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Some Maine cities offer restaurants and retail stores to use outdoor spaces

Bangor, Portland and Rockland are either closing streets, creating 'parklets', or allowing businesses to set up some tables outdoors for dine-in service or shopping.

MAINE, Maine — For some cities across the state, the future of dining, and maybe even shopping, could be soon found in parking spaces.

Bangor, Rockland, and Portland are cities that have found different ways to let small business owners set spaces for outdoor dine-in and retail.

This past Wednesday, city councilors from the City of Bangor approved restaurants and retail stores in Bangor to apply for permits to have "parklets" or sidewalk use. Code Enforcement officers from the City of Bangor will process the application and determine where to best allow business for them to have free outdoor space for dine-in services or shopping.

The original idea to completely shut down streets was frowned upon by many business owners in downtown Bangor, as many thought, this could potentially harm their current business if shutting down some streets.

"Having that pick up space is important so I'd be concerned about removing the 15-minute pick-up spots," said Emily  Daub, the manager Fork & Spoon, a downtown Bangor eatery. 

Fork & Spoon will now apply to add seats on their already set up outdoor tables. They hope the outdoor tables option can give their business a boost.

Credit: City of Bangor

Another restaurant, Pompeii Pizza, is considering adding outdoor tables. The restaurant owner says they're not ready to re-open on June 1.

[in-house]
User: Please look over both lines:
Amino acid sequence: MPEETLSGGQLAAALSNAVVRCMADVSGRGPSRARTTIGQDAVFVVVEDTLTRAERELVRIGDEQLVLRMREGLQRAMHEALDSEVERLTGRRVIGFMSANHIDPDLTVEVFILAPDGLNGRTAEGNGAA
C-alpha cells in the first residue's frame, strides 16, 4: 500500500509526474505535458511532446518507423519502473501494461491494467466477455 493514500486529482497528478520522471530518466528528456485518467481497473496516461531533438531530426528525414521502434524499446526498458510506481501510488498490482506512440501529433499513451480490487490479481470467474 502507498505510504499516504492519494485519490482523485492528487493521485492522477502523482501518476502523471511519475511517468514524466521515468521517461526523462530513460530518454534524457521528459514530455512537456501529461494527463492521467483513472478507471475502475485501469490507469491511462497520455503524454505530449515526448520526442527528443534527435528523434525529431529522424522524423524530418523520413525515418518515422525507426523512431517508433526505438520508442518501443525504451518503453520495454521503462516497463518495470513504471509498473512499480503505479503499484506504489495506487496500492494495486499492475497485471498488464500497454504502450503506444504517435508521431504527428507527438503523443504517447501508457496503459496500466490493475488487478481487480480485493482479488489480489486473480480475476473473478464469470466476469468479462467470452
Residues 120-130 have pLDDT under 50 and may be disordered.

Business owners hope the temporary 'parklets' will create more interest for people to get out of the house and safely have a meal outdoors or be able to shop without entering a store.

"So we thought down the road we could have some sort of take-out with picnic tables," said Susan Stephenson, the owner of Pepino's Mexican Restaurant in Bangor.

Credit: NCM

Down the road, because Pepino's Mexican Restaurant is located on a hill, the reason why they wouldn't be able to add outdoor seating, and they still want to have the take-out option. So instead, Stephenson has decided to use the green grass area down the road from her restaurant to set up some picnic tables and allow customers to have Mexican food there.

"Potentially share it with other businesses that are around us, other breweries and other restaurants..really just thinking outside the box, sharing space, and have the opportunity to have outdoor eating," said Stephenson.

Rockland will close off Main Street for Friday and Saturday, starting:

"On June 19 and 20, and we are going to do it for two weekends," said Thomas Luttrell, the Rockland City Manager. 

The partial closure plan is set up only for two weekends to test it out first.

"And then go back to the city council to propose closing Main street for the months of July and August on the weekends for full time," said Luttrell.

Any establishment, retail shop, or restaurant on Main Street qualifies for outdoor business those two weekends.

Rockland Main Street Closures:

  • Friday, June 19th and June 26 from 5 p.m. to 11 p.m.
  • Saturday, June 20th and June 27 from 11 a.m. to 11 p.m.

The City of Portland will close some streets starting on June first for retail stores and restaurants to be able to offer outdoor services if they'd like.

The streets that will be closed are: 

  • Dana
  • Exchange 
  • Milk
  •  Warf Street
  • Middle Street will have some partial closures too.
Credit: NCM

"The temporary permits will be from June 1st to November 1st, some streets will be full closures others will be part of the street, right now we have 43 businesses that have received approval," said Jessica Grondin, the spokesperson for the City of Portland.

These Portland temporary permits are good from June 1 to November 1.

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